Today we returned to the Israel train system for another ride up north, this time past Haifa. Three stations north of Haifa is the modern city of Akko. Although there are many taxis, buses and sheiruts happy to transport people from the train station, Terri and I opted for the walk (turned out to be about a mile and a half) to the ancient walled city of Akko.
A short walk from the “Land Gate” through which we entered and we were in a small but lovely compound set up for visitors. We purchased a “combo pass” that would allow us to visit several of the area’s attractions. The most spectacular of these is an underground complex that was originally built by the Crusaders. Akko was the most successful of the Crusader locations and was controlled by Christians for about 200 years. Unfortunately for their reputation, they were known for having massacred the local Jewish and Muslim population, but the Mamelukes returned the favor and slaughtered most of them in the mid-thirteenth century.
There were two Crusader groups running most of the city–the Knights Hospitaler and the Knights Templar. The Hospitalers were responsible for housing Christian visitors to the Holy Land while the Templars were responsible for their defense. Much of the Citadel belongs to the Hospitalers, but just down the road you can find a 200 meter (more than 600 yards) tunnel that was created by the Templars. The tunnel presumably allowed the defenders to make their way quickly and secretly from the coastal beach to the interior of the city.
Another nice exhibit shows a typical Turkish bath of the 18th and 19th centuries. The accompanying commentary and film is on the hoaky side, but provides enough information to be worth a grimace or three.
We made a quick side trip to the synagogue of the Ramhal–a rabbi who was tossed and turned and even thrown out of Safed for being too mystical. Given Safed’s reputation for attracting wacky people, that must have taken quite a bit of effort! But the synagogue has real charm and the docent was pleased to demonstrate how the Ramhal wrote his own Torah scroll. Definitely worth the short walk to see.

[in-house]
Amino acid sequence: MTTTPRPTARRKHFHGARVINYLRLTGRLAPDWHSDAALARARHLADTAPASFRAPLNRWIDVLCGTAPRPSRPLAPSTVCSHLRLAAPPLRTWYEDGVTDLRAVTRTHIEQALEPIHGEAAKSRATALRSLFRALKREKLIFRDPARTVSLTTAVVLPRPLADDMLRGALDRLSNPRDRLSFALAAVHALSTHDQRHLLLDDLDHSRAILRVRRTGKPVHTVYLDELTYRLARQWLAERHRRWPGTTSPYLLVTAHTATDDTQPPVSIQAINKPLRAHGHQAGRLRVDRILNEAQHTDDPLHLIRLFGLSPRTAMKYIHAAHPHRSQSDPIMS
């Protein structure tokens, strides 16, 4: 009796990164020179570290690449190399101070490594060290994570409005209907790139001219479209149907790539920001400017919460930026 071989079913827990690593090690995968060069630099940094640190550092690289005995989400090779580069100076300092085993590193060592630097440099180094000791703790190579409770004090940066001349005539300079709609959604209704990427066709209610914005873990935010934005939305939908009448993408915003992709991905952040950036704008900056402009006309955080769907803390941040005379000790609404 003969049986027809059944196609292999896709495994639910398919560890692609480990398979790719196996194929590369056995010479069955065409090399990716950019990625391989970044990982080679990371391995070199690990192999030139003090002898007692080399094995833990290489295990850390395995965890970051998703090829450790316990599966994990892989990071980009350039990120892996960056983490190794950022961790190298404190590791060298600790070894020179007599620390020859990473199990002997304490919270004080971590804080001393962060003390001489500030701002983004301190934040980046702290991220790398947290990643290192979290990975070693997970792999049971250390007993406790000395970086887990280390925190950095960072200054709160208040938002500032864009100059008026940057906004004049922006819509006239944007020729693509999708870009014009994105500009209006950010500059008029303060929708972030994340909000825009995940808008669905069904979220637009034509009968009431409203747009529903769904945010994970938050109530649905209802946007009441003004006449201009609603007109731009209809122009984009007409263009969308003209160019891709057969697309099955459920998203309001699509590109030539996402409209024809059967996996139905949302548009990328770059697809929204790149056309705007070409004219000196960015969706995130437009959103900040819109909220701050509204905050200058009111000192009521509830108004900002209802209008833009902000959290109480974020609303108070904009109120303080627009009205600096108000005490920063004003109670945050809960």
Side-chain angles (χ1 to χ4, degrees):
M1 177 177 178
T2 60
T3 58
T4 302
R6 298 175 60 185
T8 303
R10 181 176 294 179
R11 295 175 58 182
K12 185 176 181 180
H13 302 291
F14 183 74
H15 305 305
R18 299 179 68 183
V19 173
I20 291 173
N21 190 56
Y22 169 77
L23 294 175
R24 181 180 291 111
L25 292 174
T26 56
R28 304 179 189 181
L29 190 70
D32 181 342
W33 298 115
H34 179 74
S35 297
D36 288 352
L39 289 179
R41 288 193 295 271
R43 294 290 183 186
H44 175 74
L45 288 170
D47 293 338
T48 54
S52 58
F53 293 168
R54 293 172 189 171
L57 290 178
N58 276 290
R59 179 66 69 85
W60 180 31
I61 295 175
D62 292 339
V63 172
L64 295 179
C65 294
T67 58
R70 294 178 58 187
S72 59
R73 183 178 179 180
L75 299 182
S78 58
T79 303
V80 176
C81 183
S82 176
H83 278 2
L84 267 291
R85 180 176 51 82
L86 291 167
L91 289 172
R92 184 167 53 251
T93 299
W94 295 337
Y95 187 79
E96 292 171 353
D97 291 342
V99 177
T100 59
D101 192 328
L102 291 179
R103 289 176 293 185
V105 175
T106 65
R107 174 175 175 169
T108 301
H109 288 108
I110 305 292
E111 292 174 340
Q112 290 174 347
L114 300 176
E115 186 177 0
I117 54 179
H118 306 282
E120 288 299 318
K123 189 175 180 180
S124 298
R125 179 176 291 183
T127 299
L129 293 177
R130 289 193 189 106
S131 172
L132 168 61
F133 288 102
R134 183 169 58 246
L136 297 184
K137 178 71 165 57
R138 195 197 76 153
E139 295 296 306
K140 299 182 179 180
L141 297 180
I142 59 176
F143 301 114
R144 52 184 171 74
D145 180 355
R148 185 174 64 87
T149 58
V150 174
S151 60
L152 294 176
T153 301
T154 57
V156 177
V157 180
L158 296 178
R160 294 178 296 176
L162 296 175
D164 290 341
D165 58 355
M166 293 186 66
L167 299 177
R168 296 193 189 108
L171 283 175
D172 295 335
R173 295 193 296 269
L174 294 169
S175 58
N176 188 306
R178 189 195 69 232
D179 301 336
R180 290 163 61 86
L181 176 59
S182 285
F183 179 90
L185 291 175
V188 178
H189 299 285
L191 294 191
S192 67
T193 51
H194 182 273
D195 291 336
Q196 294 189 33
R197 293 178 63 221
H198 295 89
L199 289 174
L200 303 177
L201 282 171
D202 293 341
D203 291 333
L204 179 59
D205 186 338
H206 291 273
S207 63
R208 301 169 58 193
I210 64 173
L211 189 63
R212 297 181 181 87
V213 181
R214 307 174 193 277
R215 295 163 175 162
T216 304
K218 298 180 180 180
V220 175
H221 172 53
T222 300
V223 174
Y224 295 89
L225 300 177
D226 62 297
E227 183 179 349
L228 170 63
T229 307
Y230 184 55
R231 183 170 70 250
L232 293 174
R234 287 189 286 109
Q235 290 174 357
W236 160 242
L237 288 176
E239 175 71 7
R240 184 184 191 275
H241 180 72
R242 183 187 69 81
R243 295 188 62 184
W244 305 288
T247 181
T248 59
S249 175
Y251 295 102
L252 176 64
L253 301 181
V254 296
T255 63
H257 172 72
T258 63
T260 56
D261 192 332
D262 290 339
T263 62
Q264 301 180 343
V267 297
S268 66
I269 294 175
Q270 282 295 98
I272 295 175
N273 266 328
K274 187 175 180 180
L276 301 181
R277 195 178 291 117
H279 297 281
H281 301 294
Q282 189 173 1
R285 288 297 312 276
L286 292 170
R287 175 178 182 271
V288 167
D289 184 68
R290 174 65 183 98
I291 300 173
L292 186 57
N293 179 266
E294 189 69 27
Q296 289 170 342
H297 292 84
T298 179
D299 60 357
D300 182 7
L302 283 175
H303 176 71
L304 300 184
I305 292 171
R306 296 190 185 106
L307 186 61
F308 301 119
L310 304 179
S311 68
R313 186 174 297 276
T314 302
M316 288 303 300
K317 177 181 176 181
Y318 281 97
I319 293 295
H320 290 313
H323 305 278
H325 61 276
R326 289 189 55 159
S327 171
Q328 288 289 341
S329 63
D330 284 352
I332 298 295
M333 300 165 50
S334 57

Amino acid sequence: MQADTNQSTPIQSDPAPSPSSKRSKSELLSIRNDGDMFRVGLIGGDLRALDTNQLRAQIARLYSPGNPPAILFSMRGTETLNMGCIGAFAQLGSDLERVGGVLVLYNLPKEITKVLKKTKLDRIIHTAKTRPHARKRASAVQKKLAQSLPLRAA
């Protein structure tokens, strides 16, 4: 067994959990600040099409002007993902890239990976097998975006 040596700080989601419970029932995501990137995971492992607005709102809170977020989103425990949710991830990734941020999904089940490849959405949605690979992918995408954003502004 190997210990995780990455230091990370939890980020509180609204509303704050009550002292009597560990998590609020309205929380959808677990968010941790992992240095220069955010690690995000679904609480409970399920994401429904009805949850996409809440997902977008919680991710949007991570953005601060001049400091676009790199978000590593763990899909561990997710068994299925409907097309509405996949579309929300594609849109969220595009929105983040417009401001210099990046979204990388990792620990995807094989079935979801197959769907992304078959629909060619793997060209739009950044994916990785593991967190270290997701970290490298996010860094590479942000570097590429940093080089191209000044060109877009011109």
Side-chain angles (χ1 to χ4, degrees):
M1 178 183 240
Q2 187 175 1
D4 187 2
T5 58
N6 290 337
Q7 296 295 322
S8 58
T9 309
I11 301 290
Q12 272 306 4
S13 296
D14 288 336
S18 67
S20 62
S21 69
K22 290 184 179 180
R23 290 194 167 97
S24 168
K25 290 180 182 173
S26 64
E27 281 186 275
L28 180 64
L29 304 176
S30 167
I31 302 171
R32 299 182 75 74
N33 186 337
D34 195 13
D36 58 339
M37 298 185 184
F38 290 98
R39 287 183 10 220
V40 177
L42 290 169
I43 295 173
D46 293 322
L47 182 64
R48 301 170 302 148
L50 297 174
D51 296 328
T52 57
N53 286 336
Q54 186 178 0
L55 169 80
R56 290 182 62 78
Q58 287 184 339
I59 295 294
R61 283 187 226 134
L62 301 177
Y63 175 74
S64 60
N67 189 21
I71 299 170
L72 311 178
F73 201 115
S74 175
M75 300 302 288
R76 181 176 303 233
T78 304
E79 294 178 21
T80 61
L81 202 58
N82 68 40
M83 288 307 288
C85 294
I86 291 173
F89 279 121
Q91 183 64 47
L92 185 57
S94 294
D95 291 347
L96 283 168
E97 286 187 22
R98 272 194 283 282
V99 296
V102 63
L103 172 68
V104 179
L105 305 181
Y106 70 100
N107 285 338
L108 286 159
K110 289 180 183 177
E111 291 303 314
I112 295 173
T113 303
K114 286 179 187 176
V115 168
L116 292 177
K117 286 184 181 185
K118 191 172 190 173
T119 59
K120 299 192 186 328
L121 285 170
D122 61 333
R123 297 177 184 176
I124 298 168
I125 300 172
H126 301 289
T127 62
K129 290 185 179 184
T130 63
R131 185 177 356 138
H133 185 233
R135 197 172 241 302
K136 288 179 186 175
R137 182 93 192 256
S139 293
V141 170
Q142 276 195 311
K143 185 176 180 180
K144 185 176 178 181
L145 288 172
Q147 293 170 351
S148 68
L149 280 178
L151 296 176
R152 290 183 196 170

After all this we were famished and Terri basically demanded that we sit at the first place that looked remotely acceptable. This was just outside the Citadel write next to a beautiful mosque. We ordered typical Arab/Israeli items (felafel, hummus with showarma, salads) but accompanied by diet Colas. Instead of a felafel sandwich, they provided a plate with about 15 felafel balls, each was a fine toasted brown on the outside and soft and flavorful on the inside. The hummus was rich and creamy and the showarma smokey and nicely spiced. The quality was absolutely top notch and the price turned out to be extremely reasonable==about $16 for both of us. I wish I had remembered to write down the name of the place, but alas, I didn’t.
After lunch, Terri was gung ho to see even more. Akko offers a site sacred to the Bahai which includes one of their marvelous gardens and there is also a famous mosque. But we had to be back in Tel Aviv to make an appointment with the telephone delivery person (again). The truth is that I was tired–we had already walked almost 8 miles. So we decided to leave the other sites of Akko for another trip and we headed for the train station for the 90 minute return to our Tel Aviv apartment.